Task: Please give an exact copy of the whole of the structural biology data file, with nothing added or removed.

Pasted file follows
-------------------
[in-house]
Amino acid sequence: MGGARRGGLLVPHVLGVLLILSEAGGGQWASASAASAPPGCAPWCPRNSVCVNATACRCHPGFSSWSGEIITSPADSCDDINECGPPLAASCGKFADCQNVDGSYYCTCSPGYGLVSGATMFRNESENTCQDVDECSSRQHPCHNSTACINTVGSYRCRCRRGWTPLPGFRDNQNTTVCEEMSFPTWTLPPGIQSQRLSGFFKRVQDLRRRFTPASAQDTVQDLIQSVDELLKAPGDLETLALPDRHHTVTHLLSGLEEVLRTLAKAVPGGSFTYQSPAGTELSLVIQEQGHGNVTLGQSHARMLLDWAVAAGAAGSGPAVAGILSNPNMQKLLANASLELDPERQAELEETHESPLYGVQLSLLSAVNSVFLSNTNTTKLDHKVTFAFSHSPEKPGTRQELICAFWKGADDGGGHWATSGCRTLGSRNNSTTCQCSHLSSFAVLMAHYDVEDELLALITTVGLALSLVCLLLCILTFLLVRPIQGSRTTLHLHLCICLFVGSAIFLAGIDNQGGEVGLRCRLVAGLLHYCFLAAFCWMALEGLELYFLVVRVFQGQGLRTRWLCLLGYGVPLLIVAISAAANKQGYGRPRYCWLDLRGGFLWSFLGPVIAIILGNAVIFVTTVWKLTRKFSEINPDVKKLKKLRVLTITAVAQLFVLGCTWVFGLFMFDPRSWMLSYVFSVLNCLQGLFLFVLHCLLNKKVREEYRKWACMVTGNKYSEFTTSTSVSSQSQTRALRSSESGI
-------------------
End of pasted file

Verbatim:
[in-house]
Amino acid sequence: MGGARRGGLLVPHVLGVLLILSEAGGGQWASASAASAPPGCAPWCPRNSVCVNATACRCHPGFSSWSGEIITSPADSCDDINECGPPLAASCGKFADCQNVDGSYYCTCSPGYGLVSGATMFRNESENTCQDVDECSSRQHPCHNSTACINTVGSYRCRCRRGWTPLPGFRDNQNTTVCEEMSFPTWTLPPGIQSQRLSGFFKRVQDLRRRFTPASAQDTVQDLIQSVDELLKAPGDLETLALPDRHHTVTHLLSGLEEVLRTLAKAVPGGSFTYQSPAGTELSLVIQEQGHGNVTLGQSHARMLLDWAVAAGAAGSGPAVAGILSNPNMQKLLANASLELDPERQAELEETHESPLYGVQLSLLSAVNSVFLSNTNTTKLDHKVTFAFSHSPEKPGTRQELICAFWKGADDGGGHWATSGCRTLGSRNNSTTCQCSHLSSFAVLMAHYDVEDELLALITTVGLALSLVCLLLCILTFLLVRPIQGSRTTLHLHLCICLFVGSAIFLAGIDNQGGEVGLRCRLVAGLLHYCFLAAFCWMALEGLELYFLVVRVFQGQGLRTRWLCLLGYGVPLLIVAISAAANKQGYGRPRYCWLDLRGGFLWSFLGPVIAIILGNAVIFVTTVWKLTRKFSEINPDVKKLKKLRVLTITAVAQLFVLGCTWVFGLFMFDPRSWMLSYVFSVLNCLQGLFLFVLHCLLNKKVREEYRKWACMVTGNKYSEFTTSTSVSSQSQTRALRSSESGI